At the same time, after reading this memoir, I felt a kind of pity for the young men of my generation—all the “sad young literary men,” as Keith Gessen, the co-founder of the literary magazine n+1, styled them in their more recent incarnation—who attended those parties so many decades after the orgy had ended. I wondered if they had known about the worshipful attitude that once adhered to men like themselves, and mourned its absence. In the early 1990s—an era barely emerging from Wham! and John Cusack movies—the male tyros and recent college graduates at those parties wore suits, or at least suit jackets, and stood with courtly, dapper bearing, as if they were members of John F. Kennedy’s Cabinet, or executives on Mad Men. What would they have made of the 1960s parties? Would they have preferred them? I thought of one or two self-destructive, talented young men of recent vintage, who might have benefited from sock-washing acolytes; and hoped that the new crop of writerly women were resisting the masochistic allure of serving them. For all I knew, some were: Again, it’s hard, in whatever decade, when generalizing the particularity of one’s own experience, to be sure one’s impressions are shared.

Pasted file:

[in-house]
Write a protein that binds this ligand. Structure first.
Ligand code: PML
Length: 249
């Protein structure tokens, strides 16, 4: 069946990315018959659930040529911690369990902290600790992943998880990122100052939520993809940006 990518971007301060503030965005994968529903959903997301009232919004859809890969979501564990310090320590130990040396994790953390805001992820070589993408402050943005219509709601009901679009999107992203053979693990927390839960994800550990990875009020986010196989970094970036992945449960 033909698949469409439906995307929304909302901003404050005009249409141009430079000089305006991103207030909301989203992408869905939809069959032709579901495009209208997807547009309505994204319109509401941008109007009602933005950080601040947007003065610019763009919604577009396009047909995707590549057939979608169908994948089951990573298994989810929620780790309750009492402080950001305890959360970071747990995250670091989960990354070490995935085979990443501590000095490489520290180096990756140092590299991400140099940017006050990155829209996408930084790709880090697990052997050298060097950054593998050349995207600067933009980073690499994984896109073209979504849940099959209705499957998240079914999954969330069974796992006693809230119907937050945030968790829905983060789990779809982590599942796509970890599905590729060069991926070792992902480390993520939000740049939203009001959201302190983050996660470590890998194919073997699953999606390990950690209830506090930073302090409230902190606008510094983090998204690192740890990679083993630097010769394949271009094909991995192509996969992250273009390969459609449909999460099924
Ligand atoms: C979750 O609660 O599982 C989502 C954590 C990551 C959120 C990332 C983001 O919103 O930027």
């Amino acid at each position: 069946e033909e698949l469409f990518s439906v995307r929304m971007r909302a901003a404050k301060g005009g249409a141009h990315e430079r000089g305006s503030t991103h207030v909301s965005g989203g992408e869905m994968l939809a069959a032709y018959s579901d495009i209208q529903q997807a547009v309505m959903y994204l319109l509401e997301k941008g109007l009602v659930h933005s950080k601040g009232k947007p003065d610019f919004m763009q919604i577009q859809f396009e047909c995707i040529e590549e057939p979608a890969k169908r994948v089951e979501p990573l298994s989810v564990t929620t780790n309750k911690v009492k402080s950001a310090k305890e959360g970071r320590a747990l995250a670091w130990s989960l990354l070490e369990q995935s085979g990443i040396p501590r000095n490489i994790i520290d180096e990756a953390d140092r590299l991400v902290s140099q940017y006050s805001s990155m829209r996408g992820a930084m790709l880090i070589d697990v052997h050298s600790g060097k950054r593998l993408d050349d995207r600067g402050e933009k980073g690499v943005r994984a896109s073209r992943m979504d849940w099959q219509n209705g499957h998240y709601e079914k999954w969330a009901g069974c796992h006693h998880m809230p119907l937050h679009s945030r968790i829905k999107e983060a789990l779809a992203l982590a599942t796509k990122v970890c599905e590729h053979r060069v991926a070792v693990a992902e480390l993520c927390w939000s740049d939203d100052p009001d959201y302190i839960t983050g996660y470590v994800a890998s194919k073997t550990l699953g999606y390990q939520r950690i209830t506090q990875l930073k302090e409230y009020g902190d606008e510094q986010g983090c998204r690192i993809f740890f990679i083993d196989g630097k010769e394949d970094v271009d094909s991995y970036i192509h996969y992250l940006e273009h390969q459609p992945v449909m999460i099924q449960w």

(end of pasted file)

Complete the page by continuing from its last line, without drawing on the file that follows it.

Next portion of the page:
Thinking about these men—putative creative heirs to Mathiessen and Plimpton, Roth and Mailer, Styron and Southern—I remembered an episode of the TV show Star Trek, “Who Mourns for Adonais?” in which the giant green hand of the god Apollo seizes the Enterprise in outer space. Apollo misses the adulation of believers, and wants to fill a new planet with humans who will worship him. Captain Kirk, Chekov, McCoy, and Scotty resist him, but a lovely lieutenant in a Space Age mini-dress succumbs to Apollo's offer to become his goddess. It takes all of Captain Kirk’s art to persuade her to renege on her decision. “Accept him, and you condemn all of us to slavery, nothing less than slavery,” he says. Reluctantly, she rejects her divine, capricious suitor. Yet as the spurned god fades away, Captain Kirk feels a pang. “Much of our culture and philosophy came from a worship of those beings,” he reflects. “Would it have hurt us, I wonder, just to have gathered a few laurel leaves?”
Considering the bitter harvest of this crop in Roiphe’s brave, revealing recollections, I thought: Yes, it would; I thought, yes, it did.
Liesl Schillinger is a New York-based writer and literary critic whose work has appeared in The New York Times, The New Yorker, New York magazine, The Washington Post, the New Republic, The London Independent on Sunday, and other publications here and abroad.